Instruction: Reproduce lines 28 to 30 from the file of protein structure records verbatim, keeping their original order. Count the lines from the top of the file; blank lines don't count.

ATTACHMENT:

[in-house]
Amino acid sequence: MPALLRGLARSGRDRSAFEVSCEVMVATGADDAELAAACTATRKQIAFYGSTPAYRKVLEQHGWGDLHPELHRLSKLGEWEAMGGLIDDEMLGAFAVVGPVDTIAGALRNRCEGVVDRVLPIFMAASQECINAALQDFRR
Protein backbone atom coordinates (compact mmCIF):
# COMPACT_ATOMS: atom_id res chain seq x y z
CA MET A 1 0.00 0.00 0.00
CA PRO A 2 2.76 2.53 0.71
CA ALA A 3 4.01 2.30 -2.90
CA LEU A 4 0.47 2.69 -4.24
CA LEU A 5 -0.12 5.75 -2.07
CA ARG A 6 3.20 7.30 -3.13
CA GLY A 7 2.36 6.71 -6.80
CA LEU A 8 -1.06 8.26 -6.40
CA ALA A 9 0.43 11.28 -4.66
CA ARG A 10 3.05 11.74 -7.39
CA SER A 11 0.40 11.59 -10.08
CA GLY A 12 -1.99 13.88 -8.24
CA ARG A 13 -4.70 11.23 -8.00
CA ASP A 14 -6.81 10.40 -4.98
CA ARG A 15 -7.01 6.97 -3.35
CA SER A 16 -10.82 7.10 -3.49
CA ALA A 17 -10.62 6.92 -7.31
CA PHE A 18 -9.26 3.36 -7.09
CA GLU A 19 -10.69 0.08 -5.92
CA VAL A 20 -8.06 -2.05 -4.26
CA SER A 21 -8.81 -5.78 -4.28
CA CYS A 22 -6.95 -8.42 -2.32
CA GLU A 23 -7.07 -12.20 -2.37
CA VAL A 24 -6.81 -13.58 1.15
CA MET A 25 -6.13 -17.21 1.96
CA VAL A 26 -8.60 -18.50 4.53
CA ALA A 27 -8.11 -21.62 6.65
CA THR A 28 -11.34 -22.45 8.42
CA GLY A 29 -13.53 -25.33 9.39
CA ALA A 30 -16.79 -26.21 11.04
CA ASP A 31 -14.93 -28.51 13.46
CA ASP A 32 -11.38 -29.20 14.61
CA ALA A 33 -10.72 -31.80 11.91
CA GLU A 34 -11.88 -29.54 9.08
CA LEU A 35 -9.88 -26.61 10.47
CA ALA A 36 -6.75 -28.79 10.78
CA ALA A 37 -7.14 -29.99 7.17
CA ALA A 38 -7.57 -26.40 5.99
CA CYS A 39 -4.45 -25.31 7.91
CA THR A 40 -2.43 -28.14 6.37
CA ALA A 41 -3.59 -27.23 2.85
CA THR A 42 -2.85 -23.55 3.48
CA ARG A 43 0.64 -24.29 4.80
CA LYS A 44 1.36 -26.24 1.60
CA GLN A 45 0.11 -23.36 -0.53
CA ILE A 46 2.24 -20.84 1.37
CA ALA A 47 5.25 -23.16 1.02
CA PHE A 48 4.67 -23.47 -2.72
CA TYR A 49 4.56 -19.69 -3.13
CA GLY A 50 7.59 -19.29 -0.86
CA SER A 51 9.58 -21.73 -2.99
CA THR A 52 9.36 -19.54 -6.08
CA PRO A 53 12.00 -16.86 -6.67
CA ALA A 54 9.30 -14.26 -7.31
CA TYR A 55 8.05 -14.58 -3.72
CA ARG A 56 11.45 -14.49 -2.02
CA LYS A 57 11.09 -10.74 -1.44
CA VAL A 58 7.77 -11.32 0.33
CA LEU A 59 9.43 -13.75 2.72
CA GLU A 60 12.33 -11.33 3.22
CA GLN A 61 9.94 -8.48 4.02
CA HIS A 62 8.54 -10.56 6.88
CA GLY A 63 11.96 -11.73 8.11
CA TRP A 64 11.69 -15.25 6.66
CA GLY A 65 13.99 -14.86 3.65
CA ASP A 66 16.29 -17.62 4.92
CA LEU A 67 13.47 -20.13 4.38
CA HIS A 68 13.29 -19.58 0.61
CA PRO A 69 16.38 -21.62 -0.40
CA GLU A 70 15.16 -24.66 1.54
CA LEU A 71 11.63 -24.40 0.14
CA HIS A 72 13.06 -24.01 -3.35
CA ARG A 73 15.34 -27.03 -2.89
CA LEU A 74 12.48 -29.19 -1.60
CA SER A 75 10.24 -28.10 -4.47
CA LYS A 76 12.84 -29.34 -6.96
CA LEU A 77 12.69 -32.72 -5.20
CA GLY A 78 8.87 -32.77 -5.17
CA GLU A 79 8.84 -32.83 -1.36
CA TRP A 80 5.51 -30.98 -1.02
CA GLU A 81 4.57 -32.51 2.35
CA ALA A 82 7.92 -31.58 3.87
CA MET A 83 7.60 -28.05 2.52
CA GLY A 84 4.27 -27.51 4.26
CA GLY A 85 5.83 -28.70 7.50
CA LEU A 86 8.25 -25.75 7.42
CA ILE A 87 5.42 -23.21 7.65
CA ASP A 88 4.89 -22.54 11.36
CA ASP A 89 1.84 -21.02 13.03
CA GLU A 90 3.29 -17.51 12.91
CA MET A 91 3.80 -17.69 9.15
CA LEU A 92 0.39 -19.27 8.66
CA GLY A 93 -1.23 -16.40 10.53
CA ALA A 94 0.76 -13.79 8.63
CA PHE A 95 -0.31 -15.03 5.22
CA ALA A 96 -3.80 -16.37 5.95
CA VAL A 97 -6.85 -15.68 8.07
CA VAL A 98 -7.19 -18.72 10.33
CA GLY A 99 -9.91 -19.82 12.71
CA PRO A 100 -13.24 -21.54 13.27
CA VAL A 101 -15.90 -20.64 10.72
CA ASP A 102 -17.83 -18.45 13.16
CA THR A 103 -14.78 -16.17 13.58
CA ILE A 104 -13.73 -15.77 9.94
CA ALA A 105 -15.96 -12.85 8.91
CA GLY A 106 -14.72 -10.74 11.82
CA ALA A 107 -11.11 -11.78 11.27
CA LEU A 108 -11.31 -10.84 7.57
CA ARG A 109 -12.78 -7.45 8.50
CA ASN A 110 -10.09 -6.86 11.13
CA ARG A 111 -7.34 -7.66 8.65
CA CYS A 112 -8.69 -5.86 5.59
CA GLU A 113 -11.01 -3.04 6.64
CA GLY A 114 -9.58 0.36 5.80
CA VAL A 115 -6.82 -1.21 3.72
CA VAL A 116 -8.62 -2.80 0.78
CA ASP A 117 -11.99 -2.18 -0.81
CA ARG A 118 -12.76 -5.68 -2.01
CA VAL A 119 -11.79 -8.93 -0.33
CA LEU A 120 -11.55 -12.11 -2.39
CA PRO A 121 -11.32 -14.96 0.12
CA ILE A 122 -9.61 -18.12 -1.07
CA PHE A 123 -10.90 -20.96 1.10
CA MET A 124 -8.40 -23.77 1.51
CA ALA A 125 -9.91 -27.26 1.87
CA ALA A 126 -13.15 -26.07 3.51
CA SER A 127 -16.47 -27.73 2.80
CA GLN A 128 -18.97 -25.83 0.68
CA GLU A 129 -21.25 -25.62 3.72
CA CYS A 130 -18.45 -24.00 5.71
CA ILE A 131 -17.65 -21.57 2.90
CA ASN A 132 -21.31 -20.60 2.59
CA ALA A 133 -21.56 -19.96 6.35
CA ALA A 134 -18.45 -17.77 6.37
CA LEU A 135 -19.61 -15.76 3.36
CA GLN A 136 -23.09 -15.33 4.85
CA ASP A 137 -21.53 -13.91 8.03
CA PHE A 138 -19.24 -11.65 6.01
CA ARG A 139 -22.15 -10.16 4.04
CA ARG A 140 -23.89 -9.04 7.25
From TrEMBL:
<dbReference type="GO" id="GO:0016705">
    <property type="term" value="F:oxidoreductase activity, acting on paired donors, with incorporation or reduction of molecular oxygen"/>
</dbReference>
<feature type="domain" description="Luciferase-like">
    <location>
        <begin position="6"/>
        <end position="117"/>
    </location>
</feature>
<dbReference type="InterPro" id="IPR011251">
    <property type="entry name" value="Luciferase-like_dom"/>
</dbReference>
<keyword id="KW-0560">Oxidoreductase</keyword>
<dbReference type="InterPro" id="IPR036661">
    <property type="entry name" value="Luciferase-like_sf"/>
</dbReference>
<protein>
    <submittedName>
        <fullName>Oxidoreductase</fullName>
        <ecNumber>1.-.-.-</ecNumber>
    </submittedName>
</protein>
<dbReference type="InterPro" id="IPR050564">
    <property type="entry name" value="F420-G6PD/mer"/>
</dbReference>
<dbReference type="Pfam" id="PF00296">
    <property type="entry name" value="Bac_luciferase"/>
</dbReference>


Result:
CA VAL A 24 -6.81 -13.58 1.15
CA MET A 25 -6.13 -17.21 1.96
CA VAL A 26 -8.60 -18.50 4.53